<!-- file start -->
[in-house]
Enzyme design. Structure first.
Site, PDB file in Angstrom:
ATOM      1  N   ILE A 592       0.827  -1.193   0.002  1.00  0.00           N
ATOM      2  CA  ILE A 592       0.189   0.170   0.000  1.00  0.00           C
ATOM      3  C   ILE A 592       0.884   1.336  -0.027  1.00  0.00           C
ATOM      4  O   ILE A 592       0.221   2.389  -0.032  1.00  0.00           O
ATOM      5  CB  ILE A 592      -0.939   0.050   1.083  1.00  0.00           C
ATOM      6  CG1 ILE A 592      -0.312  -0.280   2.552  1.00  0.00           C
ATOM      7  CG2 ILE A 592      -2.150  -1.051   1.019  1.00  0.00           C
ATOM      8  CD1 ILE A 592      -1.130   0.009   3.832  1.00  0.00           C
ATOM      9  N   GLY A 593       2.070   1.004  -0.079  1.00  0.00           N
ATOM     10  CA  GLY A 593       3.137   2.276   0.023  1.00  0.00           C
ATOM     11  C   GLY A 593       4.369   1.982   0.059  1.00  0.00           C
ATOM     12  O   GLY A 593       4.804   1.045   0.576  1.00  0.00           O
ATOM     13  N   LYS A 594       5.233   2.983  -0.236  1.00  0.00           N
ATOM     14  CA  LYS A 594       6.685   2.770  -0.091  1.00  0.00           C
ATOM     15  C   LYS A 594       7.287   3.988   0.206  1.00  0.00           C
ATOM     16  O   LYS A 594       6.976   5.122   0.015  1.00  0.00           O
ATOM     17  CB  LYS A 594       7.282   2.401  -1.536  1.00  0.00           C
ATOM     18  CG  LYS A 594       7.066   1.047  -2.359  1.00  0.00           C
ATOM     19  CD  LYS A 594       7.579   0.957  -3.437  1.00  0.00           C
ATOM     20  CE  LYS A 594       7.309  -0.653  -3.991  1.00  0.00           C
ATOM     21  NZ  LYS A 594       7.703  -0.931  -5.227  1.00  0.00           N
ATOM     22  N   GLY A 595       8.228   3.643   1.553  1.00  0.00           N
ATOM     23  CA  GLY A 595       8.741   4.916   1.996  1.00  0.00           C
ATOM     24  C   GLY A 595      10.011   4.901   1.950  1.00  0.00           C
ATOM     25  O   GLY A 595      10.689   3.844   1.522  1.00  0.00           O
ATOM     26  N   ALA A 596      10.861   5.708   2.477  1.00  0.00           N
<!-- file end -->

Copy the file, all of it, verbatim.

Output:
[in-house]
Enzyme design. Structure first.
Site, PDB file in Angstrom:
ATOM      1  N   ILE A 592       0.827  -1.193   0.002  1.00  0.00           N
ATOM      2  CA  ILE A 592       0.189   0.170   0.000  1.00  0.00           C
ATOM      3  C   ILE A 592       0.884   1.336  -0.027  1.00  0.00           C
ATOM      4  O   ILE A 592       0.221   2.389  -0.032  1.00  0.00           O
ATOM      5  CB  ILE A 592      -0.939   0.050   1.083  1.00  0.00           C
ATOM      6  CG1 ILE A 592      -0.312  -0.280   2.552  1.00  0.00           C
ATOM      7  CG2 ILE A 592      -2.150  -1.051   1.019  1.00  0.00           C
ATOM      8  CD1 ILE A 592      -1.130   0.009   3.832  1.00  0.00           C
ATOM      9  N   GLY A 593       2.070   1.004  -0.079  1.00  0.00           N
ATOM     10  CA  GLY A 593       3.137   2.276   0.023  1.00  0.00           C
ATOM     11  C   GLY A 593       4.369   1.982   0.059  1.00  0.00           C
ATOM     12  O   GLY A 593       4.804   1.045   0.576  1.00  0.00           O
ATOM     13  N   LYS A 594       5.233   2.983  -0.236  1.00  0.00           N
ATOM     14  CA  LYS A 594       6.685   2.770  -0.091  1.00  0.00           C
ATOM     15  C   LYS A 594       7.287   3.988   0.206  1.00  0.00           C
ATOM     16  O   LYS A 594       6.976   5.122   0.015  1.00  0.00           O
ATOM     17  CB  LYS A 594       7.282   2.401  -1.536  1.00  0.00           C
ATOM     18  CG  LYS A 594       7.066   1.047  -2.359  1.00  0.00           C
ATOM     19  CD  LYS A 594       7.579   0.957  -3.437  1.00  0.00           C
ATOM     20  CE  LYS A 594       7.309  -0.653  -3.991  1.00  0.00           C
ATOM     21  NZ  LYS A 594       7.703  -0.931  -5.227  1.00  0.00           N
ATOM     22  N   GLY A 595       8.228   3.643   1.553  1.00  0.00           N
ATOM     23  CA  GLY A 595       8.741   4.916   1.996  1.00  0.00           C
ATOM     24  C   GLY A 595      10.011   4.901   1.950  1.00  0.00           C
ATOM     25  O   GLY A 595      10.689   3.844   1.522  1.00  0.00           O
ATOM     26  N   ALA A 596      10.861   5.708   2.477  1.00  0.00           N